Assembly Codes examines how media and logistics set the conditions for the circulation of information and culture, documenting how logistics—the techniques of organizing and coordinating the movement of materials, bodies, and information—has substantially impacted the production, distribution, and consumption of media. At the same time, physical media, such as paperwork, along with media technologies ranging from phone systems to software are central to the operations of logistics. In charting the specific points of contact, dependence, and friction between media and logistics, Assembly Codes demonstrates that media and logistics cannot be understood apart from each other.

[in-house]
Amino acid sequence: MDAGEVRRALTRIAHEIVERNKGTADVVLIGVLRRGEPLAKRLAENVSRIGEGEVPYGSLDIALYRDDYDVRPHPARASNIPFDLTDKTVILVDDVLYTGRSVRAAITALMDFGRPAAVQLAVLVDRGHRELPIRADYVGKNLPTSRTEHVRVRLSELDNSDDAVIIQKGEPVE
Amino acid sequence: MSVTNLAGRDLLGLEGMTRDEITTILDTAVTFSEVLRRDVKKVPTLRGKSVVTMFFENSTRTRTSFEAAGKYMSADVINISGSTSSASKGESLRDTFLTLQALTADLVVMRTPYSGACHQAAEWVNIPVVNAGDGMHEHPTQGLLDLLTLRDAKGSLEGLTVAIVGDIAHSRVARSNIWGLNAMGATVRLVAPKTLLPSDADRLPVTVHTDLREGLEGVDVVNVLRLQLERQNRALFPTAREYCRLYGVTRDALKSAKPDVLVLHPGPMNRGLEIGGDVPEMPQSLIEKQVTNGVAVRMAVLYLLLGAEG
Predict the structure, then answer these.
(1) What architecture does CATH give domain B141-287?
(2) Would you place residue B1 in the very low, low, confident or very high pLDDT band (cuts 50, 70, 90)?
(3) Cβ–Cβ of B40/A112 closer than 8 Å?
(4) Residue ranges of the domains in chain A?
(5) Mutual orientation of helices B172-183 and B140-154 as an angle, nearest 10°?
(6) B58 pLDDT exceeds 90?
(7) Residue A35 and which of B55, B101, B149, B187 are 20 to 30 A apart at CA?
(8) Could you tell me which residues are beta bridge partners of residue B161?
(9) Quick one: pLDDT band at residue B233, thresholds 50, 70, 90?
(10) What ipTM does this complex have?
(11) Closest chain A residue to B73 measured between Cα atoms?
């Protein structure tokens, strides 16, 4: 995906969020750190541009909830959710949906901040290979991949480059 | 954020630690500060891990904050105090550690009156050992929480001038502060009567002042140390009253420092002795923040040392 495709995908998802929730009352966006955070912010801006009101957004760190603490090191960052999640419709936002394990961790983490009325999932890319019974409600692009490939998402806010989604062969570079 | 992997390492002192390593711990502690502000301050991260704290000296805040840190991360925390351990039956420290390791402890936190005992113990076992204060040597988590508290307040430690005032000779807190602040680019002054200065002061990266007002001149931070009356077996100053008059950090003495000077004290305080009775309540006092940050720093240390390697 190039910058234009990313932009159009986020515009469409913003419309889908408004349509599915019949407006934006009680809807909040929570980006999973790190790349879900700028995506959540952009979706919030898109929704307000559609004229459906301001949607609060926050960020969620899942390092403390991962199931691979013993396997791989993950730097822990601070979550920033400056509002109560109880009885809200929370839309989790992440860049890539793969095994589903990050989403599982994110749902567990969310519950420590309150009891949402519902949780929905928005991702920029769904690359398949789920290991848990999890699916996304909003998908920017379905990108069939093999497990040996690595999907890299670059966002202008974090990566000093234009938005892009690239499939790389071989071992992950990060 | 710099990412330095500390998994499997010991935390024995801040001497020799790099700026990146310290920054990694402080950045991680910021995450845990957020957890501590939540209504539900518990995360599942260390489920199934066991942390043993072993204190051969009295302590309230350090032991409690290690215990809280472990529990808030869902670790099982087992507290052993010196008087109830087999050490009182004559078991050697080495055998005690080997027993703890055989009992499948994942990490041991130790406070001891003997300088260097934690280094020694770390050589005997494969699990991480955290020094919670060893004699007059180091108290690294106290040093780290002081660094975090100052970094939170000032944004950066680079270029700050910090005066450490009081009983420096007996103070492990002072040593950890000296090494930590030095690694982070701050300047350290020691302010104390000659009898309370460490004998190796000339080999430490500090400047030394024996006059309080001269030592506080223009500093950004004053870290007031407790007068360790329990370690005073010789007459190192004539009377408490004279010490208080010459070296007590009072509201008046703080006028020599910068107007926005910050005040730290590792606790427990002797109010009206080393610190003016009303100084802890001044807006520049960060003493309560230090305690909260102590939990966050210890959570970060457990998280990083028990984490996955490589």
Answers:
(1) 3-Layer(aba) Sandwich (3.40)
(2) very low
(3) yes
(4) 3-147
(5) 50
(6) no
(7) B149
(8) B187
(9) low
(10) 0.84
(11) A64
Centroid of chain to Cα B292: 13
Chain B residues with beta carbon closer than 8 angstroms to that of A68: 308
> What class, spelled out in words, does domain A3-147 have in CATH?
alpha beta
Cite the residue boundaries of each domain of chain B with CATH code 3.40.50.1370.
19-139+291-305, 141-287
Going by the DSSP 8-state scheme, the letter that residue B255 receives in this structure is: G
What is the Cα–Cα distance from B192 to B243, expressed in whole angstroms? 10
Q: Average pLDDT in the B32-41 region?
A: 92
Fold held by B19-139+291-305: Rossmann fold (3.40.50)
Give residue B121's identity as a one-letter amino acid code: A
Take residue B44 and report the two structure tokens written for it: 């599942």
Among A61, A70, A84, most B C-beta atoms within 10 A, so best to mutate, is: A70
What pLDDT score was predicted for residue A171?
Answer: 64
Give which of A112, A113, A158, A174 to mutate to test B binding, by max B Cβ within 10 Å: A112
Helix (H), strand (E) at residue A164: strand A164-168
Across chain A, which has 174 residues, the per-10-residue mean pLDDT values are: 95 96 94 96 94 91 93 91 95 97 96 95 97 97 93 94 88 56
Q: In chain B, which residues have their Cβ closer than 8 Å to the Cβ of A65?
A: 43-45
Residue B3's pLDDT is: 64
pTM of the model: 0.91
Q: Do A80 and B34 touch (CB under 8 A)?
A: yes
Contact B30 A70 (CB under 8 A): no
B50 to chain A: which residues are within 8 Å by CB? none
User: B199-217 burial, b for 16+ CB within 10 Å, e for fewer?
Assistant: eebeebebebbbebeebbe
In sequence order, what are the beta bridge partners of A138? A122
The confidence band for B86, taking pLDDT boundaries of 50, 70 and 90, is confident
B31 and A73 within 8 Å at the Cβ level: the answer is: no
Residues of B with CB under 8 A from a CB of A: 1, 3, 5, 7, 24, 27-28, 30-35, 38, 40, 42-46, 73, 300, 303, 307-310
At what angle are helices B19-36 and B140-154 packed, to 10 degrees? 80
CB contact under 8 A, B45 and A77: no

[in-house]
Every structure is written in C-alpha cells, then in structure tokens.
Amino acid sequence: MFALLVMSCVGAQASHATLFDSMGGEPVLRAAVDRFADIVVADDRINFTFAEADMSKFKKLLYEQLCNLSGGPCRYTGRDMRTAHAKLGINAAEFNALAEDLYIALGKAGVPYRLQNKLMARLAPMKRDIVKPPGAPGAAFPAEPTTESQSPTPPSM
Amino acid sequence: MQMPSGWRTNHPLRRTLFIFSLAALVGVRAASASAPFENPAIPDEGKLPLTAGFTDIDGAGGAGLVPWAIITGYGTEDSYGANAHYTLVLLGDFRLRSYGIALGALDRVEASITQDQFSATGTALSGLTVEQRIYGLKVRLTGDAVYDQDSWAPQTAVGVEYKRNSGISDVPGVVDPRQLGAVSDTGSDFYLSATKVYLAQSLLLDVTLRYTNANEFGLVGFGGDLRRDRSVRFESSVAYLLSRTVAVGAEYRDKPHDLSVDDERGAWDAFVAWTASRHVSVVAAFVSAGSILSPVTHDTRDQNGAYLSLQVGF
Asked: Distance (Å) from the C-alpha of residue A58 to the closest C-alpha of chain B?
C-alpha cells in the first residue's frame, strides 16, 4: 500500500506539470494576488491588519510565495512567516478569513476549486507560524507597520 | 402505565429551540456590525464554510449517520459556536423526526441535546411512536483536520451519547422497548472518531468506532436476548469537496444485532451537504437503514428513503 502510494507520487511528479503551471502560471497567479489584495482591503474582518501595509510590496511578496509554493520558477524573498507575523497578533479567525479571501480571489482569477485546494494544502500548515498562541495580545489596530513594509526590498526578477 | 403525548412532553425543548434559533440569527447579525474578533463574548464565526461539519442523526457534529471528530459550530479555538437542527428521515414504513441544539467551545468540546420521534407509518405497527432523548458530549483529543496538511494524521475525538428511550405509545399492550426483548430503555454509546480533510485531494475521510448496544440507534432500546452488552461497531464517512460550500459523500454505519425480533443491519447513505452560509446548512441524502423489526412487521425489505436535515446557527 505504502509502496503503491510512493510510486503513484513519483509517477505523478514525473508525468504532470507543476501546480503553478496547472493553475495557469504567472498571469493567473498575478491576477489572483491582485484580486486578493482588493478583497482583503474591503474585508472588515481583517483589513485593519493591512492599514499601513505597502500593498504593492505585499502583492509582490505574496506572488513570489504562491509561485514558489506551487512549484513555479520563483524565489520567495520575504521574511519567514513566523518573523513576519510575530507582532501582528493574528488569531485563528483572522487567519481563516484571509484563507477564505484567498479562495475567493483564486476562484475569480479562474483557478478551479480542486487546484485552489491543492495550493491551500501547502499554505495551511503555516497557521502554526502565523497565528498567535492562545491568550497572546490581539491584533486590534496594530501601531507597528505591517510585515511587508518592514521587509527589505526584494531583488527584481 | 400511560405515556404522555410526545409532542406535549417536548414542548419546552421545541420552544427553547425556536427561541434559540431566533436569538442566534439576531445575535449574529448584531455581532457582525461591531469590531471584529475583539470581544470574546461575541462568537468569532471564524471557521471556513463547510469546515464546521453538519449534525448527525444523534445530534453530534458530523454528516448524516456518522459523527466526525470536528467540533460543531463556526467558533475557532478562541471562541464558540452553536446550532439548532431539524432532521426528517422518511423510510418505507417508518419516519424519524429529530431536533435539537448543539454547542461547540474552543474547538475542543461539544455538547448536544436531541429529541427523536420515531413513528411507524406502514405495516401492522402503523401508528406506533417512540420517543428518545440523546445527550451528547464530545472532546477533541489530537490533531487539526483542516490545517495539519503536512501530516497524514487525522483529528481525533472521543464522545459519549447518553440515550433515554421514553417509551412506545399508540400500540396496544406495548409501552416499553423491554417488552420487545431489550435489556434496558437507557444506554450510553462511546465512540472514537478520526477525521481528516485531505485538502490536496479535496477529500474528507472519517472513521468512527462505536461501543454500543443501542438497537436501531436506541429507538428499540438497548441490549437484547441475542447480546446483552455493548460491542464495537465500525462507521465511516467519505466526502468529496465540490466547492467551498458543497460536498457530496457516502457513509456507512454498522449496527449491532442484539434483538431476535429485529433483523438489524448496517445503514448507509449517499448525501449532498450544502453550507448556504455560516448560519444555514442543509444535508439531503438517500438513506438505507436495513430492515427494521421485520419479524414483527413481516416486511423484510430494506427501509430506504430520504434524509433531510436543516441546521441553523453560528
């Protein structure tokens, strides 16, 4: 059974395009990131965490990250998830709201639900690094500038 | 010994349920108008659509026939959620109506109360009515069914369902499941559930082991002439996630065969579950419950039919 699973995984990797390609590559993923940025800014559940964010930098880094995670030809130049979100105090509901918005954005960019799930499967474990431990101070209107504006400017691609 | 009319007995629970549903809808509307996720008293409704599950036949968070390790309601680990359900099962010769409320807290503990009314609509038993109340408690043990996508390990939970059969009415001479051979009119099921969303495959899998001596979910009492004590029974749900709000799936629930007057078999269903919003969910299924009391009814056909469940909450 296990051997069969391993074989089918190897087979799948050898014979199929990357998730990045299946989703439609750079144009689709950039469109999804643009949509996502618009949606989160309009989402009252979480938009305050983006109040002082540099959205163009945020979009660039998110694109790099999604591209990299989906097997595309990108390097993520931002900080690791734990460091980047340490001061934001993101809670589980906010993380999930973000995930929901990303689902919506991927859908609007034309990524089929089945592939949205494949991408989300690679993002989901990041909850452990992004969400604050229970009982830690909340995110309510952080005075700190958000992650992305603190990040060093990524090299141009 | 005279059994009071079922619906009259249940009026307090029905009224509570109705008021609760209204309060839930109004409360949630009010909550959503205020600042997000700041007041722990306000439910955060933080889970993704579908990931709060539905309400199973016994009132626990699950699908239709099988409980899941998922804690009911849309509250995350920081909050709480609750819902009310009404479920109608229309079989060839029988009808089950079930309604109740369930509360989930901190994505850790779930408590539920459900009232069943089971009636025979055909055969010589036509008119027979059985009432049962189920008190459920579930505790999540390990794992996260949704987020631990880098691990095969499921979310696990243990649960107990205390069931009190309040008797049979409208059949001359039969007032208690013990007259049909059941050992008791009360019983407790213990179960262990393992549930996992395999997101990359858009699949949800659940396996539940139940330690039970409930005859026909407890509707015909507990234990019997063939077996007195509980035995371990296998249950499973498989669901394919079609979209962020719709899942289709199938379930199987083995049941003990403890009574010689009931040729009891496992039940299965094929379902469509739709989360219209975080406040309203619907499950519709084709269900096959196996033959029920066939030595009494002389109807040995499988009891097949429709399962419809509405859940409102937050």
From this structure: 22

This article examines the origins not only of the media that underlie logistical operation, but the techniques that have shaped and structured them. To do so, I focus on the logistical technique of assembly. Not just of parts, but of places and people. Assembly, here, becomes an ur-mediative technique, one produced both before and beside the attendant media functions of storage and transmission. Long before its instantiation in the operations of contemporary software systems, I examine how this logistical technique emerged in the confines of sites like the ancient storehouse. As I do, I consider how the abstract forms of mediation developed there made warehouses accessible as a new kind of virtual assembly, precipitating the instrumental order critical to the operation of the global supply chain.